Consider the musicals and revues: Pal Joey, Girl Crazy, Fifty Million Frenchmen, Jubilee, By Jupiter, Lady in the Dark, Panama Hattie, The Band Wagon, George White’s Scandals, Walk With Music, and I Married An Angel. Players in all of these productions were set down in charcoal by Ben.
Lillian Hellman was another young playwright whose name is synonymous with the decade. She burst upon the scene with The Children’s Hour in 1934 which garnered no less than four Solowey portraits during its run. Hellman and her plays Watch on the Rhine and The Little Foxes were also subjects for Solowey portraits.
Among the five drawings from The Little Foxes, Ben drew Tallulah Bankhead twice as the lead, a role which made her a genuine star. Ben said, “I didn’t know whether I should even attempt to do her, because hanging on the wall was an elaborate portrait by Augustus John—a beautiful hunk of painting.” He overcame his intimidation and produced a striking portrait, one of four over the years.
It was not unusual for Ben to record almost entire careers in portraits of performers in multiple roles over the decade. Judith Anderson sat for five Solowey portraits over a ten year period; the glamorous Jane Cowl was the subject of six different drawings; Katharine Cornell four. Alfred Lunt posed for one portrait alone and in four others with Lynn Fontanne, his wife and greatest scene partner.
Walter Huston was seen in four Solowey portraits, one of which he signed “This is the Best yet.” Four of Eva Le Galliene’s characters were preserved by Ben’s charcoal. And Cornellia Otis Skinner, best known for historical monologues The Wives of Henry VIII and The Empress Eugenie had Ben render a portrait each time she created a new work.
Although Ben referred to his Portraits from the Performing Arts as Theatre Portraits, they encompass much more than the denizens of Broadway. In the late 1920s and early 1930s films some studios were still located in New York when Ben arrived. Ben managed to capture the end of the great silent film era as well as the dawning of “talkies” in a series of portraits from the world of film.
Clara Bow, Frank Capra, Marlene Dietrich, Al Jolson, Shirley Temple, Jean Harlow, Ralph Bellamy, Barbara Stanwyck, Claudette Colbert, Bruce Cabot, Lily Damita, Dolores Del Rio, Ronald Colman and early screen heartthrob Lou Tellegan were all subjects of Solowey portraits.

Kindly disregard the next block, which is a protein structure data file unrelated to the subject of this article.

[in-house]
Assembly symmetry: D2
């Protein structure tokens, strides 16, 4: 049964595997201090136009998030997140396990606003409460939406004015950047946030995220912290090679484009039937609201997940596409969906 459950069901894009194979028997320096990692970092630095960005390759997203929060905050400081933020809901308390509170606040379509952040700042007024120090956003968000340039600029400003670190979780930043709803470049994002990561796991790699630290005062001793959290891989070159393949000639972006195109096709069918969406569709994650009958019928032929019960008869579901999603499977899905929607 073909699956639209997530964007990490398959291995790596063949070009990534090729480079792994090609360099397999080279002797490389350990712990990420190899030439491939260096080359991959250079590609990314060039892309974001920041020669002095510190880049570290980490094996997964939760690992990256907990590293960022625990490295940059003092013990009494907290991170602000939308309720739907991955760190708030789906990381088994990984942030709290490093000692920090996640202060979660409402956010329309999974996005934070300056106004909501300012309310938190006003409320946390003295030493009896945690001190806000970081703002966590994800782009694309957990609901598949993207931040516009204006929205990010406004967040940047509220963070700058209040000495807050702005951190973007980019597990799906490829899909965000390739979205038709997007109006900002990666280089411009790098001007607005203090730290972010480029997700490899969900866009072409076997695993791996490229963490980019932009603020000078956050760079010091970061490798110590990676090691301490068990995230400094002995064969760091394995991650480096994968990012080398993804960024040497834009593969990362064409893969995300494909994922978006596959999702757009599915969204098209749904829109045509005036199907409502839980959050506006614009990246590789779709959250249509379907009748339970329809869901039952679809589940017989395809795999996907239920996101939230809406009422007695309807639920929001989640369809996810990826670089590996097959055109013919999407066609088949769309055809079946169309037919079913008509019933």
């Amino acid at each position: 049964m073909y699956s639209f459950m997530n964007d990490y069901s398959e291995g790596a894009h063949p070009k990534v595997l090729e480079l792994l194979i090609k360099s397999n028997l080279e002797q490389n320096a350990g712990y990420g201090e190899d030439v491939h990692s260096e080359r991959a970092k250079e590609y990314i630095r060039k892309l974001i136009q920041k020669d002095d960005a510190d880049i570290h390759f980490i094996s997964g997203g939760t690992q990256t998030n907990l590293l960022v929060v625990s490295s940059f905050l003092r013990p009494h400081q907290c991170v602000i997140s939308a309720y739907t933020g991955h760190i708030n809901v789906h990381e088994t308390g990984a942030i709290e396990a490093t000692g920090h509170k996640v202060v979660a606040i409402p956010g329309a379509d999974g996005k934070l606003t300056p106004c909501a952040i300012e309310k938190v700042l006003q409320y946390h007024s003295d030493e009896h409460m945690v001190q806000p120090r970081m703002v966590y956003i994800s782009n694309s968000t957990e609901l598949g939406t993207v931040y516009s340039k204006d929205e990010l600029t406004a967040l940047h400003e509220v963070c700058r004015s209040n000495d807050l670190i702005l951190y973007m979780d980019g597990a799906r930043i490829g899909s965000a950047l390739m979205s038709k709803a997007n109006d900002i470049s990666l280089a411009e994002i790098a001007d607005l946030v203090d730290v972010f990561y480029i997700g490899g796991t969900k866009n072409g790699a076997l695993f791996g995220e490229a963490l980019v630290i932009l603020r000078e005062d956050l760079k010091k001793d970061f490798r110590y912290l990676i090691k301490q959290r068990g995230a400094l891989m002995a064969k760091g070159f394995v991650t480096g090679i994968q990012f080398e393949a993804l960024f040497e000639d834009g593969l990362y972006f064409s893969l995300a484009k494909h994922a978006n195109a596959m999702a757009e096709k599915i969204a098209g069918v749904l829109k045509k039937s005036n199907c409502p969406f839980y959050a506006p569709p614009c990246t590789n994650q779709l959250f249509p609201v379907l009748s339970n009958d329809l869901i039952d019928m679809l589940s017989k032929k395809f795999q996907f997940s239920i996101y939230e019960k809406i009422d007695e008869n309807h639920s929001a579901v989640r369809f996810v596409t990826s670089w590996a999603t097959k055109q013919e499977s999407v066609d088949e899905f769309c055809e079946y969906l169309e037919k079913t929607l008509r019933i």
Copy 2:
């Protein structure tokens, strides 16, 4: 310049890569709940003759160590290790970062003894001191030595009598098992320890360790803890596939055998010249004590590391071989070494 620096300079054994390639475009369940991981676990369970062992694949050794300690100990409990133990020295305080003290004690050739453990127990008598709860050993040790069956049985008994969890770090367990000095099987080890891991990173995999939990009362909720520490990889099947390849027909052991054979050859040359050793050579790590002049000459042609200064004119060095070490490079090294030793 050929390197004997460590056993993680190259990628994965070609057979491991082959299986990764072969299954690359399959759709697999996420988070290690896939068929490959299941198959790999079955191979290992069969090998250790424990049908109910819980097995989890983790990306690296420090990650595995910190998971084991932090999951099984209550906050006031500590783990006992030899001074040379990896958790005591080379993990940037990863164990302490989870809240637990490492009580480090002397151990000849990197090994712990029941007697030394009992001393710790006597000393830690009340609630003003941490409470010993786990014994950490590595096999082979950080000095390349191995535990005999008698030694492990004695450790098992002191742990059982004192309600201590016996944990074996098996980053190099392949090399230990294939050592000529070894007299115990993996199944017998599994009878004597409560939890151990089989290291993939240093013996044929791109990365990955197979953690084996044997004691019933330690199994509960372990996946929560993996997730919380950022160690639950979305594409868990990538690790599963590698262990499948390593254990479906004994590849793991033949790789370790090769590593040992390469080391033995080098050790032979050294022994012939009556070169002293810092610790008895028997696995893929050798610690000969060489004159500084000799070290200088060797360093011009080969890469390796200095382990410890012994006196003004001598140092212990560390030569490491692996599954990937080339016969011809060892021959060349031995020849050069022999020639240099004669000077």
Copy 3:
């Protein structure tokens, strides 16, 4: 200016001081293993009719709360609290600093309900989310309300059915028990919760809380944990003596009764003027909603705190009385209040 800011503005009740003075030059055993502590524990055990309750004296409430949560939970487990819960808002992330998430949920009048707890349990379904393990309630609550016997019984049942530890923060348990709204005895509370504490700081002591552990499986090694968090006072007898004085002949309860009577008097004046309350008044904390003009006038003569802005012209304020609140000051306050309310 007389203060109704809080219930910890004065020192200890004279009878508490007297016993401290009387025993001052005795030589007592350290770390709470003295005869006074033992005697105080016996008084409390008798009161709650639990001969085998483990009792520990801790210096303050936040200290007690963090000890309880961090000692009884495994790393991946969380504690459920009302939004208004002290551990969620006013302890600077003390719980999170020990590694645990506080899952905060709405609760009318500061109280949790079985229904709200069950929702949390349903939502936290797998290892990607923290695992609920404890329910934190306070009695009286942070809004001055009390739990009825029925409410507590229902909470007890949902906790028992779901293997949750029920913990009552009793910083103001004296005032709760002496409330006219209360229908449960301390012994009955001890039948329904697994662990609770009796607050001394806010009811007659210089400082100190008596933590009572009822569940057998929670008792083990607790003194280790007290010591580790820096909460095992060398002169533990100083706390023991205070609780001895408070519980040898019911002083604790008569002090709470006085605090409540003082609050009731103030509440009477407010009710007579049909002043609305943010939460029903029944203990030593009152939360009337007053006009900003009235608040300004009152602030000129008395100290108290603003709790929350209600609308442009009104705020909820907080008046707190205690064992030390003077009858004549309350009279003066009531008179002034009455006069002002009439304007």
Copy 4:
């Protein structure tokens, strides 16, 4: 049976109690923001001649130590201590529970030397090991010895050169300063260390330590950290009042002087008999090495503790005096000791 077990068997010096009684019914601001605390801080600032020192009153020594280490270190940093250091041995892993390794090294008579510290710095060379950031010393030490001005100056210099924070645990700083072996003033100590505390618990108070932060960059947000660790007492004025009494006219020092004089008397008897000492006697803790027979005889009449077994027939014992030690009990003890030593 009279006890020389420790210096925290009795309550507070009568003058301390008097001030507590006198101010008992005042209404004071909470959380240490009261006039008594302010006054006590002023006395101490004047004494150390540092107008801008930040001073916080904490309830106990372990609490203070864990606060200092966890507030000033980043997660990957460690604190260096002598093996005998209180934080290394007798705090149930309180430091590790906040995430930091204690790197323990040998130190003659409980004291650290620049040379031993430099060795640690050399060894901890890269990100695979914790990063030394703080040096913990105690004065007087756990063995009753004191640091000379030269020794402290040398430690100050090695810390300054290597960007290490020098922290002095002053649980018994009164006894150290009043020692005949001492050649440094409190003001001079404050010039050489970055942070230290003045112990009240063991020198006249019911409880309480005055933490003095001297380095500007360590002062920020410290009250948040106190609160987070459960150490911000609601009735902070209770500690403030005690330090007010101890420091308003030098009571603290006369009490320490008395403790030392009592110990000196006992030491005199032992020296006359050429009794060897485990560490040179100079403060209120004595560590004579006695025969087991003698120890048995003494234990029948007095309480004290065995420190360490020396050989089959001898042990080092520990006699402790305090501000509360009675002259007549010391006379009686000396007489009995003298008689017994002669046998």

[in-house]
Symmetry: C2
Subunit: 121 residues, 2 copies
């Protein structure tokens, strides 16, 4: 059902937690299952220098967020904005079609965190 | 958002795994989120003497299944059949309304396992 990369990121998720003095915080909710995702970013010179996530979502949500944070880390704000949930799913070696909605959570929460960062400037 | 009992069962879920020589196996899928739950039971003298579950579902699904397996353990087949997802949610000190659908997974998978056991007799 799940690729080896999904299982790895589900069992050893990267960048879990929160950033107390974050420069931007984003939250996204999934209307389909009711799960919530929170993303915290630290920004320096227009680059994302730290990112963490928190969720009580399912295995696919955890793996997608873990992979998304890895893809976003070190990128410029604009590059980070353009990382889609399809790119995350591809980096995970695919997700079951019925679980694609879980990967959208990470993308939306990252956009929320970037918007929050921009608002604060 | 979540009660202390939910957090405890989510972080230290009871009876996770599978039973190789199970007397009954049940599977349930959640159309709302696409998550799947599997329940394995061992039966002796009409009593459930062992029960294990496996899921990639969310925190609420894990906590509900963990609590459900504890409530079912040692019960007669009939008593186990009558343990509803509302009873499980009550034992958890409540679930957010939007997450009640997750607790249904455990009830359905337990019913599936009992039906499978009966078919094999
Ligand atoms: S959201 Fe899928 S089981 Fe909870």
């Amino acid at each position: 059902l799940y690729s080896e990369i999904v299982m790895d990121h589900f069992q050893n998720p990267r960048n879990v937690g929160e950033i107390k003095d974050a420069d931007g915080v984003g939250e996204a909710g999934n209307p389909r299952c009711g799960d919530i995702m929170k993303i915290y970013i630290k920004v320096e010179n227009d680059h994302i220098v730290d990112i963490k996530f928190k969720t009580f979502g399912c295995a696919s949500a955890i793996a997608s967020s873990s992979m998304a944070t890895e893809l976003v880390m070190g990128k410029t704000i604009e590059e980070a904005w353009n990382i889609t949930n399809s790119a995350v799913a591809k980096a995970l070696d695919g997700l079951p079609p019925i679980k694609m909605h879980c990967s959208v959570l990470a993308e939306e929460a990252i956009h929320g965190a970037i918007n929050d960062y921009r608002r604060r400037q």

It was the Golden Age of the Metropolitan Opera in New York, with impresario Gulio Gatti-Casazza was responsible for bringing some of the finest voices in the world to this country, and Ben brought them to newspaper readers. Ezio Pinza, Madam Schumann-Heink, Lucrezia Bori, Lawrence Tibbett, Lily Pons, Grace Moore, Edmund Johnson, Leon Rothier, and Arturo Toscannini were all faithfully recorded by Ben’s work.
When assigned to draw Amelita Galli-Curci, one of the era’s most celebrated divas, Ben recalled “I was startled to discover that she had a huge goiter. She said ‘Forget that potato.’ Fortunately when necessary, an artist can arrange instant surgery.”
Besides Broadway hoofers like Ray Bolger, Ben brought the innovative individuals of the dance world to his audience in his portraits of George Balanchine, Vera Zorina, Eugene Loring and Tily Losch.
Ben brought this aspect of his life and career to a close in 1942 when he and Rae moved permanently to Bedminster, in Bucks County, Pennsylvania to a farm they had purchased six years earlier. He still continued to participate in national and international exhibitions and remained a highly-regarded portraitist, but readers never again woke on a Sunday morning to see a Solowey in the pages of their paper . His legacy can be seen in public and private collections around the world and at The Studio of Ben Solowey.